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Ont. producers react to federal election call

Ont. producers react to federal election call

Some farmers support it while others don’t see the need for the snap election

By Diego Flammini
Staff Writer

Ontario producers have mixed feelings when it comes to the upcoming federal election.

Canadians will head to the polls on Sept. 20 after Gov. Gen. Mary Simon accepted Prime Minister Trudeau’s request on Aug. 15 to dissolve Parliament.

“Canadians deserve to choose what the next 17 months, what the next 17 years and beyond will look like,” the prime minister said outside Rideau Hall last week.

Some farmers, however, feel now is not the time to send Canadians to voting stations.

The prime minister and the federal government should be focused on important issues and not seeking more power, said Mark Davis, a cash crop and hog producer from Lenox & Addington County.

“It’s obvious (the prime minister) is thinking of himself and not the country,” he told

But as the campaign rolls on, Davis will be looking for leaders’ to talk about opportunities for agriculture.

Export markets are an important part of agriculture’s success in Canada and farmers will want to understand how the next federal government will address market access issues.

“We need to have access to open markets,” Davis said. “We know China retaliated for Canada holding (Huwaei COO Meng Wanzhou) and basically cut off canola and pork imports. I don’t think our government did a good job standing up to them and we need our next government to do that. Canadian farmers produce some of the safest food in the world and it needs to be portrayed as such on the world stage.”

Other industries are put in the spotlight during election campaigns and agriculture needs to be one of them as well, Davis added.

“You hear the leaders talk about the auto sector like there are no other ways to travel,” he said. “But what’s the alternative to food? Without food, you don’t live.”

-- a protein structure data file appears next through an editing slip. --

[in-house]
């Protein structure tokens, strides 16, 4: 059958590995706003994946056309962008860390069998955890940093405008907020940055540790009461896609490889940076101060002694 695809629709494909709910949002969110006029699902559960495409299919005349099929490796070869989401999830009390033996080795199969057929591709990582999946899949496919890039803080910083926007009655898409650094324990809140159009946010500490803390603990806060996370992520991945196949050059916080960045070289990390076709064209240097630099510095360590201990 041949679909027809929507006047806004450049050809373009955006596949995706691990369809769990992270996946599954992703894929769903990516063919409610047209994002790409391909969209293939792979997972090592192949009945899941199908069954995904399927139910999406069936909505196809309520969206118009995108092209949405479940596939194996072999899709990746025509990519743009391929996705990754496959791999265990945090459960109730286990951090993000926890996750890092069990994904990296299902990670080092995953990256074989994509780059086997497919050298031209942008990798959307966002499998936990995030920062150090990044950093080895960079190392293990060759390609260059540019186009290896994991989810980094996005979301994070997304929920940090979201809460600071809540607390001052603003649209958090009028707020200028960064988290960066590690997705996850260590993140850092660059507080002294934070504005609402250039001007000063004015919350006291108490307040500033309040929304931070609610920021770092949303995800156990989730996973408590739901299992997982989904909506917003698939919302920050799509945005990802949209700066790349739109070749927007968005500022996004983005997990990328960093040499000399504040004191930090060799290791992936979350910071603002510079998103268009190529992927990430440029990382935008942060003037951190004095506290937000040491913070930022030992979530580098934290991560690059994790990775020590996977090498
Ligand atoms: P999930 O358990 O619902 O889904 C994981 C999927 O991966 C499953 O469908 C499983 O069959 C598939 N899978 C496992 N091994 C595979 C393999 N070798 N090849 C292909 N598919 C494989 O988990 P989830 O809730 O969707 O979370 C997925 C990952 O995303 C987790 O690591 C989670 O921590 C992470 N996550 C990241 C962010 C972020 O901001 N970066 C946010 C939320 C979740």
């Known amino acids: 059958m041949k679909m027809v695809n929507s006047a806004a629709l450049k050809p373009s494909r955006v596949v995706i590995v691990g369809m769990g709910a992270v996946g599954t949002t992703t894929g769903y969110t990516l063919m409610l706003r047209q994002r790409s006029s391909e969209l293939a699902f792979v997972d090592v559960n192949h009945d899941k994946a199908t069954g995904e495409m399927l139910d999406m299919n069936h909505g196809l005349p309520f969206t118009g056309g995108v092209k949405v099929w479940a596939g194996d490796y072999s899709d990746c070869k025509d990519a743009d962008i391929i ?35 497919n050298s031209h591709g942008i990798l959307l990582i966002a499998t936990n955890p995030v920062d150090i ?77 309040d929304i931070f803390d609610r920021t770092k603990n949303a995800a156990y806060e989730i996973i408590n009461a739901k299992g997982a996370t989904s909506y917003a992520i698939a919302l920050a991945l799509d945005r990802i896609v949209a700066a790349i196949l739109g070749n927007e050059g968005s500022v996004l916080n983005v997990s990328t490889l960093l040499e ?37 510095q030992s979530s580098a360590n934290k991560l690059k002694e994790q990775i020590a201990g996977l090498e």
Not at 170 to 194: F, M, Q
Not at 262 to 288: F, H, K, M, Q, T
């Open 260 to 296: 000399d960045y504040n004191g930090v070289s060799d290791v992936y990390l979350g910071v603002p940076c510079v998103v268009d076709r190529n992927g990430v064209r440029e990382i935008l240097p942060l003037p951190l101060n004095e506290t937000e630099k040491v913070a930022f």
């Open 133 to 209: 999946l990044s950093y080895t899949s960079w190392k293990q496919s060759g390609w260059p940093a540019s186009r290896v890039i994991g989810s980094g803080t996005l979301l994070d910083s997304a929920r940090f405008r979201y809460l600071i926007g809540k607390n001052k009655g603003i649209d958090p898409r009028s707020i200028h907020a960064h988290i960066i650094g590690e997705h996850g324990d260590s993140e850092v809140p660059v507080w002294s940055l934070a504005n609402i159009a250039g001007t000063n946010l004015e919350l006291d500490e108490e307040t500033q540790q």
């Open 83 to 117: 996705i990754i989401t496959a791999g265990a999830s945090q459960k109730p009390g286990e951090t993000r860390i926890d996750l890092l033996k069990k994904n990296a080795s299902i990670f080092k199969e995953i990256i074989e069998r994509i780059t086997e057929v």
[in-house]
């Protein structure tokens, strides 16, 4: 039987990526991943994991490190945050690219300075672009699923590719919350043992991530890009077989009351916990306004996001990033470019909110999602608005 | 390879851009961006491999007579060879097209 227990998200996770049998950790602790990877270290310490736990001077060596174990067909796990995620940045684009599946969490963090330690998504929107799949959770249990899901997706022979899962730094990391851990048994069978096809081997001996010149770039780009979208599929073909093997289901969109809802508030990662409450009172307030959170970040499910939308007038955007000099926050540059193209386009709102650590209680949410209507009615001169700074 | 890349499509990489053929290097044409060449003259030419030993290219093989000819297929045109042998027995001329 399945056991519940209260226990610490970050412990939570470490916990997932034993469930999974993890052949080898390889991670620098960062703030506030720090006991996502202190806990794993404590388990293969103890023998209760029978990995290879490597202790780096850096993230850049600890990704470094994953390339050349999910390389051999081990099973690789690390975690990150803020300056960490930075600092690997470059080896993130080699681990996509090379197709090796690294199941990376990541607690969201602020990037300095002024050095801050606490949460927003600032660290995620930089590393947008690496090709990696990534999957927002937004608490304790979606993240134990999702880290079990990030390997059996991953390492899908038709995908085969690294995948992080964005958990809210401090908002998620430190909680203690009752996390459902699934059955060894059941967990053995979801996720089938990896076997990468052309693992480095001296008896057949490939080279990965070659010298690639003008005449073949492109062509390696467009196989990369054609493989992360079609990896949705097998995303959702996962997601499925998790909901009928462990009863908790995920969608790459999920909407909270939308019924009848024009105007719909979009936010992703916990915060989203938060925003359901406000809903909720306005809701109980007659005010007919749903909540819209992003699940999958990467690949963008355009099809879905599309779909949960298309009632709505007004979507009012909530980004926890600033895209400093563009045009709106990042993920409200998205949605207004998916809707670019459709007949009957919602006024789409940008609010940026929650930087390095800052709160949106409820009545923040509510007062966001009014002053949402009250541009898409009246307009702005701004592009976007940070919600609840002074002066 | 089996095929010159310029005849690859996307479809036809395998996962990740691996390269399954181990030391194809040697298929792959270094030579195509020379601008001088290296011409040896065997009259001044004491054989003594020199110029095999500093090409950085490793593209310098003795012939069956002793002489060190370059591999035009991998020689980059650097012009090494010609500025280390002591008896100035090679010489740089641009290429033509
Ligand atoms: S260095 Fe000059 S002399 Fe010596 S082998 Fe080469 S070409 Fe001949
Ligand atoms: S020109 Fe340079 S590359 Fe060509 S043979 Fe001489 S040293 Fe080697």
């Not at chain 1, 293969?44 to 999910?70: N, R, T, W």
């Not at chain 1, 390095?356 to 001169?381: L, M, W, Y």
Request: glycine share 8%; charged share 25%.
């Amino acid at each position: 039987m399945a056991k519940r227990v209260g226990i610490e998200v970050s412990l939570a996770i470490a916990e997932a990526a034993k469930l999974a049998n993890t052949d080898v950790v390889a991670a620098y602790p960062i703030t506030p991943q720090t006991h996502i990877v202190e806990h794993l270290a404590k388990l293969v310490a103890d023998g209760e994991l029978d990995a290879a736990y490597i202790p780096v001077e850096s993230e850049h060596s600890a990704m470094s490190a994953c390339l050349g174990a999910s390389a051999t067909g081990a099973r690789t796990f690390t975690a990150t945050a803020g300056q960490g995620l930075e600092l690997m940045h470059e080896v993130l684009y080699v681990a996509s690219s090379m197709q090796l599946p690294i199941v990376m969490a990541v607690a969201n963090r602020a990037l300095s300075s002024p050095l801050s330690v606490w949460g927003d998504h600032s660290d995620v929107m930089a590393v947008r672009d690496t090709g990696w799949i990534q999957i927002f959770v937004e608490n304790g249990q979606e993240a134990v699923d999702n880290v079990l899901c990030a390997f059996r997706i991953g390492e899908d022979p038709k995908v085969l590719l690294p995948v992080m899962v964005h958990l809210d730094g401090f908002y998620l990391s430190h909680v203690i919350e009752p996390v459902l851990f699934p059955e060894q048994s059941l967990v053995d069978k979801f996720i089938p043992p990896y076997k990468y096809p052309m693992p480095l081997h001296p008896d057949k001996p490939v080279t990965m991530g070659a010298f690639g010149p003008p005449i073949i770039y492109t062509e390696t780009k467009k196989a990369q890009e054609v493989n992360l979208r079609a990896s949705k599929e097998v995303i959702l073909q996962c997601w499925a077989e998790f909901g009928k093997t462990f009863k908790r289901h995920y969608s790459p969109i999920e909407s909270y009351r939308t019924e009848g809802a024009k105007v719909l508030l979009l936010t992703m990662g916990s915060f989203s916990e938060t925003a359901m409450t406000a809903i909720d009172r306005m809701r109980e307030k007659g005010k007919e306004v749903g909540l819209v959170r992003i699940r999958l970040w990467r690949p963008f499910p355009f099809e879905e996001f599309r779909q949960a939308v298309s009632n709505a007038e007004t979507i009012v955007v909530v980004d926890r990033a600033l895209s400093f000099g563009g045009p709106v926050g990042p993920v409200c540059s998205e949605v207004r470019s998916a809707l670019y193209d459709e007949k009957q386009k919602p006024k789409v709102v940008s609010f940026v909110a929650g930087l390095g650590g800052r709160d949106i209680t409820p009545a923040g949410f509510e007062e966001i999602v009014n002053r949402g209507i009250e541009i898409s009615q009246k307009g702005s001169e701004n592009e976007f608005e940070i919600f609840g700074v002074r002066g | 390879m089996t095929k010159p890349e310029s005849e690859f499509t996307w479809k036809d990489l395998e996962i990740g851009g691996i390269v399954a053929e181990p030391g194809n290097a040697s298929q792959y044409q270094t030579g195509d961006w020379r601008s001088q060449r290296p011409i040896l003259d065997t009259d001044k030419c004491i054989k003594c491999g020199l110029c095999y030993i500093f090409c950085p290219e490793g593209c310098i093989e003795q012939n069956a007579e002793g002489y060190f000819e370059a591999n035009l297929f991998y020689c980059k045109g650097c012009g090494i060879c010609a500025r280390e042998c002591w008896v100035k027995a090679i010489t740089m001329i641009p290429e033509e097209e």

Outside of agriculture, Davis wants to see how Canada responds to the situation in Afghanistan.

Canada promised to resettle more than 20,000 people from the country to protect them from the Taliban.

Canadians should have a clear idea of how the government plans to accommodate these people, Davis said.

“Instead of trying to befriend everybody we need someone to say, ‘what do I need to get these people out of there?’” he said. “If there are Canadian citizens trapped in Kabul, (the Canadian government) should be doing whatever’s possible to get them out of there safely. We’ve heard the prime minister say his hands are tied but I think it’s time for him to act and get these people out of there.”

Other producers are okay with the notion of heading to the polls next month.

Canada has a history of heading to the polls during challenging times.

“A couple provinces have already had elections (during the pandemic),” said Erica Murray, a cash crop producer from Huron County who is volunteering for a local candidate. “Canada also had federal elections during both world wars.”

The pandemic has highlighted the broadband gap across the country. How a party chooses to address this issue could be important for voters, Murray said.

“We know how important broadband is to rural communities and we’ve seen commitments to expand that,” she said. “I hope to see those commitments and continue and grow even further.”

Another important issue for Murray is farmland preservation.

Political parties have mentioned Canada’s housing situation on the campaign trail and outlined steps to house more Canadians.

But where those homes, apartments and condo buildings will be built needs to be taken into consideration, she said.

“We know there’s a housing shortage, but if we don’t have enough farmland to grow food to feed our country, that sets us up for future failure,” she said. “We have to make sure we protect what farmland we have.”

Canadians vote for the next government on Sept. 20.

Information on where and how to vote can be found on the Elections Canada website.

In addition, during the campaign is highlighting party platforms and what they have in store for agriculture.

To date, has covered the Bloc Québécois, the Conservatives and the NDP.

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